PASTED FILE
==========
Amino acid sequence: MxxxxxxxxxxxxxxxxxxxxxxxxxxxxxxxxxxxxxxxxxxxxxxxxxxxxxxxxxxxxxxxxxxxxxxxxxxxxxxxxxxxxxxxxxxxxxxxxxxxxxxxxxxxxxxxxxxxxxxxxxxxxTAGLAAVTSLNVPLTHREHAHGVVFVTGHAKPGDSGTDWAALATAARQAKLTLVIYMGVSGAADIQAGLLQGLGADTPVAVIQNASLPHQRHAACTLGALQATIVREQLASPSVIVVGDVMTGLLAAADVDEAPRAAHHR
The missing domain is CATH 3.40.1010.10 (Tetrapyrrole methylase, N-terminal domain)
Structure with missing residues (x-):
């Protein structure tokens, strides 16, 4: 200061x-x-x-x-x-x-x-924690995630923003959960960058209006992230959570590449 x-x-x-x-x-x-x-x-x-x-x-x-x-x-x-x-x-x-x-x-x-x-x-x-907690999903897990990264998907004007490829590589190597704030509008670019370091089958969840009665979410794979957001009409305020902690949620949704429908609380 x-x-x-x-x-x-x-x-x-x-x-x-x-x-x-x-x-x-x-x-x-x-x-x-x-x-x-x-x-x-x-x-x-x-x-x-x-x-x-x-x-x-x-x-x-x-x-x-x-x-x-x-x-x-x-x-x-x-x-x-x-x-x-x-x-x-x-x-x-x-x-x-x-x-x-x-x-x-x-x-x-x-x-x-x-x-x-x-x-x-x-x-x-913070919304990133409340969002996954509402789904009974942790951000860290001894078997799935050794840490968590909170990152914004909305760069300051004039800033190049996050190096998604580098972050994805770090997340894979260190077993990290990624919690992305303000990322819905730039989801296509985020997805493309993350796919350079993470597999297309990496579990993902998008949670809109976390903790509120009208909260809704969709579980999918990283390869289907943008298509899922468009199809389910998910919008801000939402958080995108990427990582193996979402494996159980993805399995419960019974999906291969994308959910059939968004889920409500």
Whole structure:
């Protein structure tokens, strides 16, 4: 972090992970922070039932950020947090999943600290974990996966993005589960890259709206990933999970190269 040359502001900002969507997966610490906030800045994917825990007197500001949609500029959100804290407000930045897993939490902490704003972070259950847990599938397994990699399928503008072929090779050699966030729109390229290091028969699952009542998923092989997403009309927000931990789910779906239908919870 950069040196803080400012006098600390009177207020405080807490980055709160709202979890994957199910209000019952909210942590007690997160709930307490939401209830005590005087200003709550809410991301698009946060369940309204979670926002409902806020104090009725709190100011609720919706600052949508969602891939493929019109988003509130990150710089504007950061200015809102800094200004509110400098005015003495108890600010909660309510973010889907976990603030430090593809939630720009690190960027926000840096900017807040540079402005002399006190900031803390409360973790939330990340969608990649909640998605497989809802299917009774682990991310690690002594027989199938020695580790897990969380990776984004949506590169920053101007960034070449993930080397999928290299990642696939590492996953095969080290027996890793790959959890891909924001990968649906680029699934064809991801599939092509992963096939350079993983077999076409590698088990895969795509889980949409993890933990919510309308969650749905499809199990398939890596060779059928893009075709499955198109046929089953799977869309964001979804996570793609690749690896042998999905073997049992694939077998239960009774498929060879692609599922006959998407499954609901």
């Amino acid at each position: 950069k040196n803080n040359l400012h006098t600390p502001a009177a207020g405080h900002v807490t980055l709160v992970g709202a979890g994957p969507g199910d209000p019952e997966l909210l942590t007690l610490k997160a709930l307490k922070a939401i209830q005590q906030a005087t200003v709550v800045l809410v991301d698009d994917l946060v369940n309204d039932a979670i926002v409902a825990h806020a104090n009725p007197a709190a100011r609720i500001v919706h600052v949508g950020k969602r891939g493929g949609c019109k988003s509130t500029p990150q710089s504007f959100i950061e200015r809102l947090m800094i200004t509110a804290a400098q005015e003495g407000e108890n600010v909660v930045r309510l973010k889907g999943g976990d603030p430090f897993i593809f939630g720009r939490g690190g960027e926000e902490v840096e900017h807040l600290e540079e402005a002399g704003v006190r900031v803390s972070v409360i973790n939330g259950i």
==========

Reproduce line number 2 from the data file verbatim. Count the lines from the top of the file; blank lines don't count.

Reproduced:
The missing domain is CATH 3.40.1010.10 (Tetrapyrrole methylase, N-terminal domain)